The East African (Nairobi): “The Story of a Food Secure Nation”


Less than three years ago Rwanda put into action a plan aimed at increasing food security. Since then food production has steadily increased at a rate of 16 percent per year, an incredible accomplishment compared with the rate of growth previous to the nationwide effort of only 0.7 percent. Today the country has developed a strong agricultural base which has “bid food deficits goodbye.”

The initiative began with the aim to provide one cow per family in 2006. The cows made significant improvements in the lives of many rural individuals and families by adding additional nourishment, natural fertilizer, and a little income to their homes. The government also enacted policy which would halt land fragmentation and encouraged the merging of smaller farms in order to make the “best use of fertiliser, improved seeds and labour.” Government management of the sector was improved through the reorganization and investment of homegrown agricultural policy and research. These policies were followed by additional programs like the “Crop Intensification Project” which began “distributing high-yielding seed varieties and fertiliser across the country” in 2008.

Of course nature has played its role, however, Rwanda’s concentration on improving agriculture has certainly paid off. Through the distribution of better seeds and training on better farming techniques the country has seen the production of its principle crops – maize, cassava, beans and bananas – soar. The calculated increase in the yields of these crops is at “99 per cent for maize, 43 per cent for wheat 28 per cent for rice and sweet potatoes…[as well as] an 11 per cent increase in bean[s].” The sustained progress of the agricultural sector has even ushered in international development and investment.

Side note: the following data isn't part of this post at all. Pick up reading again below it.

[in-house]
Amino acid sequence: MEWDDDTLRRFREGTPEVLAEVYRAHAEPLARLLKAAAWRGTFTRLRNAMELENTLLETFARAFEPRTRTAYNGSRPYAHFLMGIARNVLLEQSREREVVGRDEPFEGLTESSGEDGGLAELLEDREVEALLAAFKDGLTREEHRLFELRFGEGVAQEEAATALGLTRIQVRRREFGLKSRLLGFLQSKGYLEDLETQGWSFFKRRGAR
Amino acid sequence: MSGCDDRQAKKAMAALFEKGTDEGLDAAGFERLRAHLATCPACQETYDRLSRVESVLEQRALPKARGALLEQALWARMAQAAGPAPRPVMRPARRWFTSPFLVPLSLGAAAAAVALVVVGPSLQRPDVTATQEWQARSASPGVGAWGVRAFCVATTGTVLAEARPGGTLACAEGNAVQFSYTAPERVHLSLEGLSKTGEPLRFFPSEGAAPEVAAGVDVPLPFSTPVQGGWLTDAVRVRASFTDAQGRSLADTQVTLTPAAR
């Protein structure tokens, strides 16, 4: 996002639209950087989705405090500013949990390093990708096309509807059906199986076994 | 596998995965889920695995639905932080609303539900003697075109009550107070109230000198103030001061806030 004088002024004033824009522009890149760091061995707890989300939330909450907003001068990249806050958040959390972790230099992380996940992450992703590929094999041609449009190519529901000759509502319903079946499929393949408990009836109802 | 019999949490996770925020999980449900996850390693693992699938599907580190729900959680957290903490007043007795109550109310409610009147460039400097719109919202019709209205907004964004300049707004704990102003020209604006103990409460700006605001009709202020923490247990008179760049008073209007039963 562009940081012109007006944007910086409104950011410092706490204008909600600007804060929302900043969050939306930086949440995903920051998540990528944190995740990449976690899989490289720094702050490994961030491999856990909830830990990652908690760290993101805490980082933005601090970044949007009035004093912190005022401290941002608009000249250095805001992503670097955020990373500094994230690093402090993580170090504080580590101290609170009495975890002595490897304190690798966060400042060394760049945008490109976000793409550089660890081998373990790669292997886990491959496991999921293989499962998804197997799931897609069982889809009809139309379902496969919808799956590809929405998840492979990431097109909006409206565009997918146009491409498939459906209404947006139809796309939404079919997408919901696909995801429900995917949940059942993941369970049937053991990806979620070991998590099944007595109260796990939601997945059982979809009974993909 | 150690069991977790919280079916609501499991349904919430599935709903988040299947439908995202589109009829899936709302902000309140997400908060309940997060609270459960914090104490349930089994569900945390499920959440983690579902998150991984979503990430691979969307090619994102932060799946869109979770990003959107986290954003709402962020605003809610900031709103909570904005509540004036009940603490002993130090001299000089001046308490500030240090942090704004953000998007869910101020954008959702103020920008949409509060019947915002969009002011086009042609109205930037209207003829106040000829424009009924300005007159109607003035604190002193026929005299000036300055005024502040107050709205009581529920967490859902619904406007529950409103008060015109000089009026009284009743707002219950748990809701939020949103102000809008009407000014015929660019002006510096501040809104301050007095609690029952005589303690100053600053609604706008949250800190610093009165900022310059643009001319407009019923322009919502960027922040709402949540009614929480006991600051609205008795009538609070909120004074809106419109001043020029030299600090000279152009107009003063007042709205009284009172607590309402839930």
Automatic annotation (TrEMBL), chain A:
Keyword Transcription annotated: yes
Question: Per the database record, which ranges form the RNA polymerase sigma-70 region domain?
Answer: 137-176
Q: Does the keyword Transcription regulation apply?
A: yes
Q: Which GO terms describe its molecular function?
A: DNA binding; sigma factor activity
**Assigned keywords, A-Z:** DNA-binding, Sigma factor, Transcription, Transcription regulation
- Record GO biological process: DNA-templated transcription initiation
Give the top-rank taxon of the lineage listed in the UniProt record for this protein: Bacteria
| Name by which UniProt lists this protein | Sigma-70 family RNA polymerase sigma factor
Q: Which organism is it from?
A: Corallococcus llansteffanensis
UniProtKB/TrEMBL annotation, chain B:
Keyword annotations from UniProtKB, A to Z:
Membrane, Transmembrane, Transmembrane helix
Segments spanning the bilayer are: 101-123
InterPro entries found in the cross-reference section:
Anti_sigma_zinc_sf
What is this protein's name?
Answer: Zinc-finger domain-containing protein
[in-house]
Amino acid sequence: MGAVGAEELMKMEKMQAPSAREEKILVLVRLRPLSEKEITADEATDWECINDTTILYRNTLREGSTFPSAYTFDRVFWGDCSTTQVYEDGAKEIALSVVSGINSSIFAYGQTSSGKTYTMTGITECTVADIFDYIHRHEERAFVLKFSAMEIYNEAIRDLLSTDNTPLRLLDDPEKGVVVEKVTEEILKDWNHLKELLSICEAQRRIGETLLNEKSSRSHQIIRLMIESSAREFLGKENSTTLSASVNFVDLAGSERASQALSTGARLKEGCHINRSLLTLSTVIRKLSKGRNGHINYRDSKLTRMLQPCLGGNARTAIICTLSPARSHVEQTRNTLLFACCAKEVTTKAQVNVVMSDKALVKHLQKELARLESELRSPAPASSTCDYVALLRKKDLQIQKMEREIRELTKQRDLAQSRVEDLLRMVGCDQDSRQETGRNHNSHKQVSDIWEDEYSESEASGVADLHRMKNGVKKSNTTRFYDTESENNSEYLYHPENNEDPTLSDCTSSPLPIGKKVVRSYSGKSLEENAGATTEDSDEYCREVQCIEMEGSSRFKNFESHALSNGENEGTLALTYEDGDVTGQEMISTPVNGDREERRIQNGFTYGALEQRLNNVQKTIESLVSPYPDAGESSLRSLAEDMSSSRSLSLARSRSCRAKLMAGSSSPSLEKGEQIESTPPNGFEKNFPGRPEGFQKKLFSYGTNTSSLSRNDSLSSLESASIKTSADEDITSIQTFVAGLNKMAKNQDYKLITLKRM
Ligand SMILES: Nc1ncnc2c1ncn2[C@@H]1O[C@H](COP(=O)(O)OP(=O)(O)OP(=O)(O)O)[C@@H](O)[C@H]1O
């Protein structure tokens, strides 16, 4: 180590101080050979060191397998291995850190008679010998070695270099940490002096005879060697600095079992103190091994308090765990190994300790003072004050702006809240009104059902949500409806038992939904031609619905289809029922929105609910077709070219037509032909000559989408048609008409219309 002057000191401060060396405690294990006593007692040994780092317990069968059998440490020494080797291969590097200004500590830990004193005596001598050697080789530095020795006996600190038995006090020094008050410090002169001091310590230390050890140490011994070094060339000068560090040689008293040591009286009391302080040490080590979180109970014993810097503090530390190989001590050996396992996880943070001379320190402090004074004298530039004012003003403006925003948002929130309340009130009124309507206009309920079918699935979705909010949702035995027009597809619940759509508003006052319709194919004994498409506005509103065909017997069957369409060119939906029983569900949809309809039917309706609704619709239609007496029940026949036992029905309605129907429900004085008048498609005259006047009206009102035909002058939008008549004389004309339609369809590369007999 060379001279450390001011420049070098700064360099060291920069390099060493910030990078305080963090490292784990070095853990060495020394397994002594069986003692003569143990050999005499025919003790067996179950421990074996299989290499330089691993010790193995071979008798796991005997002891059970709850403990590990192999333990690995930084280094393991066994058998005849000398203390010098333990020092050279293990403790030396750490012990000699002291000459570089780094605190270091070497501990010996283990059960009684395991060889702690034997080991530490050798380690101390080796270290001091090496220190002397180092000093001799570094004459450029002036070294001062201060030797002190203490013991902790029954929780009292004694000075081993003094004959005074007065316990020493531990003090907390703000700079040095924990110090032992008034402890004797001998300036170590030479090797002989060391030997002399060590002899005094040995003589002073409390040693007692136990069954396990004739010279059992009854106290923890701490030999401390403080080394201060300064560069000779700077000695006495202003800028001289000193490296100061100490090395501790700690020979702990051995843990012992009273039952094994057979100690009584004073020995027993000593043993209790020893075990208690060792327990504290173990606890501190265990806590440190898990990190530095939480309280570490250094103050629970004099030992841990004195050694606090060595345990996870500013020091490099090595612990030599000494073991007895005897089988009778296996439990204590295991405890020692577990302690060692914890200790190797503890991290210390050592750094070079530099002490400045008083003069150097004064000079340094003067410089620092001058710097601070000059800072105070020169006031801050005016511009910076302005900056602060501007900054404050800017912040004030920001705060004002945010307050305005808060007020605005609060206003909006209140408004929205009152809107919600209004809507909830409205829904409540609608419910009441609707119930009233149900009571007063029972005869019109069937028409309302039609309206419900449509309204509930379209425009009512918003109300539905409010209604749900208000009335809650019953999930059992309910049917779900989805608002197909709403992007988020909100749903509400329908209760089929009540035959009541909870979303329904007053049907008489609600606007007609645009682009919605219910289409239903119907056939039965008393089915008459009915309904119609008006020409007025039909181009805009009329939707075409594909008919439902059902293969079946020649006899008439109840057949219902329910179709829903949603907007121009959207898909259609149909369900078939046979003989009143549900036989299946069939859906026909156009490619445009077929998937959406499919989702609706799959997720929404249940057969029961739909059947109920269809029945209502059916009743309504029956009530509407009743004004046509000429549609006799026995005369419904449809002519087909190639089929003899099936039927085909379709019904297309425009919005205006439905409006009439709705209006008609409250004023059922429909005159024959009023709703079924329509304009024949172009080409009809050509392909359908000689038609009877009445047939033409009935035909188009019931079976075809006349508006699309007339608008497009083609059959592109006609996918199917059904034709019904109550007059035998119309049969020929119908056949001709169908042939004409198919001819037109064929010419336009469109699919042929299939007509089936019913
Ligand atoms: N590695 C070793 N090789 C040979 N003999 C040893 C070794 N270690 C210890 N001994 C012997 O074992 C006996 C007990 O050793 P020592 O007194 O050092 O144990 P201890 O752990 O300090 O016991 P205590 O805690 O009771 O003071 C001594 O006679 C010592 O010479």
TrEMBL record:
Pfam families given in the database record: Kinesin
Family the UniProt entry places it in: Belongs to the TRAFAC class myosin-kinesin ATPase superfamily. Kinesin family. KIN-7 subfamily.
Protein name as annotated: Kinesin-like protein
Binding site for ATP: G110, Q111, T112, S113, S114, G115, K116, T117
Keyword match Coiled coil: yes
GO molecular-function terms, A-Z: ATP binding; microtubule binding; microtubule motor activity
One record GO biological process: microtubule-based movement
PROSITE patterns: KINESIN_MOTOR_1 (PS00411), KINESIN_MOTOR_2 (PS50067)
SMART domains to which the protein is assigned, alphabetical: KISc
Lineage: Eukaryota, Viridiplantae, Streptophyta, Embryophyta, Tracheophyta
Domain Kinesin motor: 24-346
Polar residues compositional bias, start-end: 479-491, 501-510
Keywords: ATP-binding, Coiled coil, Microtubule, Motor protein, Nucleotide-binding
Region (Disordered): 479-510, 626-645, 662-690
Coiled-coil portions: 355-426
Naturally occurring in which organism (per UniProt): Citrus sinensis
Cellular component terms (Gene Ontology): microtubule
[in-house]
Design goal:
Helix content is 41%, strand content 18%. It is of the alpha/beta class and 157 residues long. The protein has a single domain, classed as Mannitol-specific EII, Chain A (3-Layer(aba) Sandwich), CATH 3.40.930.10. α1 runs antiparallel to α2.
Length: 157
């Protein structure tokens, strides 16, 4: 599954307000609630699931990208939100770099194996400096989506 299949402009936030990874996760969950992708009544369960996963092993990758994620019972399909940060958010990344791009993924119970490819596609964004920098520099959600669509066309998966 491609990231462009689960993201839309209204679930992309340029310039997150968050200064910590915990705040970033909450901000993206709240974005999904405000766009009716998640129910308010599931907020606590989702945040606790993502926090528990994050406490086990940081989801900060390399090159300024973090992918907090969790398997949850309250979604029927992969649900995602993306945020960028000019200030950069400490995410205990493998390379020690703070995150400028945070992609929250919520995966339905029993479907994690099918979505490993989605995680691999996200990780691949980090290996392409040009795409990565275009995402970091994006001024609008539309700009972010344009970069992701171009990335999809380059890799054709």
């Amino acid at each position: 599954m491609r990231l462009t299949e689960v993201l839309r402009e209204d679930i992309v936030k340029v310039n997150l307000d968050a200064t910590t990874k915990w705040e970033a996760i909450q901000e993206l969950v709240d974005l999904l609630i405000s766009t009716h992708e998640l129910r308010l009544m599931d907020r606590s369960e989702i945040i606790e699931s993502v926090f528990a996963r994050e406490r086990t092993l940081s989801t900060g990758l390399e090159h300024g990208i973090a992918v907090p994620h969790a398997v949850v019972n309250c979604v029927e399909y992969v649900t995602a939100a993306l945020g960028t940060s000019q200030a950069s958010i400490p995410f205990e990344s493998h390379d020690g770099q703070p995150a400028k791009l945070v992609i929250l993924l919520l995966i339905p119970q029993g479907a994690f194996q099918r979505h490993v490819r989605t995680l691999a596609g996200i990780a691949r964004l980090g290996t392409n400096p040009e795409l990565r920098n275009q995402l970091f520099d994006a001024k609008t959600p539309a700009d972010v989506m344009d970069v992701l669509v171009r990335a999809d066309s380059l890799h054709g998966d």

However, these increases in food production have not come without sacrifice. Rwanda is “one of the only five countries on the continent that have committed the recommended minimum of 10 per cent of their national budgets to agriculture.” Nevertheless, Rwanda’s success is a wonderful example to others that food security can be achieved by a developing nation.



An article from the BBC on a dairy farm in Rwanda:

A video on the ‘One Cow’ Initiative in Rwanda from ‘Action Aid’:

A collection of academic resources from the ‘Rwanda Food Security Research Project’ of USAID and Michigan State University

A newspaper article on development in Rwanda:



1. Do you think this type of progress in food security is possible anywhere? Is Rwanda a special case?

2. What do you think are the main reasons why this initiative to increase agricultural yields succeeded? The actions of Rwandan government? Individual farmers? The weather?

3. Do you think that spending 10 per cent of a national budget on agriculture is too much? Is it too little? Why do you think more countries are not spending this ‘recommended minimum’?